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The Greater Hyderabad Municipal Corporation Vs. M. Prabhakar Rao

A. K. PATNAIK, J.

1. Delay condoned.

2. Leave granted.

3. This is an appeal against the order dated 18.02.2010 of the Division Bench of the Andhra Pradesh High Court dismissing Writ Petition No.1564 of 2010 of the appellant against the order dated 18.08.2009 of the Andhra Pradesh Administrative Tribunal, Hyderabad, in O.A. No.7377 of 2008.

4. The facts briefly are that the respondent was working as a Bill Collector in the Municipal Corporation of Hyderabad. On 19.05.2007, he was placed under suspension by the Commissioner & Special Officer, Municipal Corporation of Hyderabad (for short `the competent authority), as it was reported by the Deputy Director, Anti-Corruption Bureau, C.I.U. and City Range Hyderabad, that he had demanded Rs.2,000/- from the complainant, M.R. Srinivas, for assessment of his house and had accepted the bribe. On 28.06.2001, the competent authority revoked the suspension of the respondent and reinstated him in service without prejudice to the prosecution pending against him and posted him in a non-focal post. The respondent was thereafter prosecuted, but acquitted by the trial court. The acquittal of the respondent was challenged by the State in the Andhra Pradesh High Court in Criminal Appeal No. 2548 of 2004, but by judgment dated 06.12.2004, the High Court dismissed the appeal.

5. The respondent then made a representation seeking back-wages for the suspension period and other consequential benefits, but the same was rejected by Memo dated 01.07.2005. The respondent filed O.A. No.3627 of 2005 before the Andhra Pradesh Administrative Tribunal, Hyderabad (for short `the Tribunal') against such rejection of back-wages for the suspension period and by order dated 13.11.2006, the Tribunal set aside the Memo dated 01.07.2005 and remitted the matter to the authorities with a direction to re-examine the entire issue with reference to the rules and pass appropriate orders duly giving an opportunity to the respondent. The competent authority in his order dated 17.11.2008 re-examined the issue and took the view that the suspension of the respondent cannot be regarded as wholly unjustified and hence the back-wages and consequential benefits for the suspension period cannot be paid to the respondent. Aggrieved, the respondent filed O.A. No.7377 of 2008 before the Tribunal and by order dated 18.08.2009, the Tribunal allowed the O.A. and set aside the order dated 17.11.2008 of the competent authority and declared that the respondent was entitled for treating the period of suspension as on duty and for release of all consequential benefits. The appellant challenged the order of the Tribunal before the High Court in Writ Petition No. 1564 of 2010 but by the impugned order, the High Court dismissed the Writ Petition.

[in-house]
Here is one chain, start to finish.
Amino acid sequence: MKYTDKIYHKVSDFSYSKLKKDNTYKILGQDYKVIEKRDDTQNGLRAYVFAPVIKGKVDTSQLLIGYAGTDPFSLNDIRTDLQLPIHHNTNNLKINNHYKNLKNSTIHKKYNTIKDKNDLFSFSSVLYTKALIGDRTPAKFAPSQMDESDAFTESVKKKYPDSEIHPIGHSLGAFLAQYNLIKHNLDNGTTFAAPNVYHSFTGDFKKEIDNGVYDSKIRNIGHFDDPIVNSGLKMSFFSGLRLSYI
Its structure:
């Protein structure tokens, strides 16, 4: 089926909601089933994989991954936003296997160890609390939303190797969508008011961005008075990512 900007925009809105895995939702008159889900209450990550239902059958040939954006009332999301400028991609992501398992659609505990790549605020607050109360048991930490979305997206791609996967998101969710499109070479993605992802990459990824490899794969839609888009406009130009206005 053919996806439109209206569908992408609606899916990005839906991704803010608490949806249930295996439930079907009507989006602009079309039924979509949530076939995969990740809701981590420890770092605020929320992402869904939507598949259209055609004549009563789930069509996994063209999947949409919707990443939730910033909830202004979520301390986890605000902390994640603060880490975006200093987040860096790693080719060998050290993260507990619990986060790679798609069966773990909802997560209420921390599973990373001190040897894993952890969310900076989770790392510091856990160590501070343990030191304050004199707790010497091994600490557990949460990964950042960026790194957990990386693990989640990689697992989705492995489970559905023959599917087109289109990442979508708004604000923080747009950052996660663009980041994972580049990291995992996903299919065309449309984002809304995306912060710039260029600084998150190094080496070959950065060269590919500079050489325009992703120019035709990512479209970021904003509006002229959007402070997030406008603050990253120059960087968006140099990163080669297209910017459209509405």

6. Mrs. D. Bharathi Reddy, learned counsel for the appellant, submitted that under the F.R. 54-B of the Andhra Pradesh Fundamental Rules (for short `F.R. 54-B'), which is applicable to employees of the Municipal Corporation of Hyderabad, the competent authority has been vested with the power to pass an order as to how the period of suspension would be treated. She submitted that sub-rule (3) of F.R. 54-B provides that where the competent authority is of the opinion that the suspension was wholly unjustified, an employee would be paid full pay and allowances to which he would have been entitled, had he not been suspended. She submitted that in the facts of the present case, the respondent had been placed under suspension for accepting a bribe from the complainant and a charge sheet was filed in the court against him, but he was acquitted by the trial court and the High Court has sustained the acquittal of the respondent only because the prosecution witnesses had turned hostile and did not support the prosecution version that the respondent was paid Rs.2,000/- towards illegal gratification and on these facts, the competent authority had rightly taken the view that the suspension cannot be regarded as wholly unjustified. She submitted that the orders passed by the Tribunal and the High Court, therefore, should be set aside.

7. Mr. Naveen R. Nath, learned counsel for the respondent, on the other hand, submitted that the High Court, after going through the evidence adduced by the prosecution and the finding of the Tribunal, did not find any compelling reason to interfere with the judgment of the trial court acquitting the respondent. He submitted that it will be clear from the judgments of the trial court and the High Court that the suspension of the respondent was wholly unjustified and yet the competent authority took the erroneous view in the order dated 17.11.2008 that the suspension of the respondent cannot be regarded as unjustified. He submitted that the Tribunal has rightly held that the suspension of the appellant was unjustified and the High Court has held in the impugned order that the order of the Tribunal needs no interference.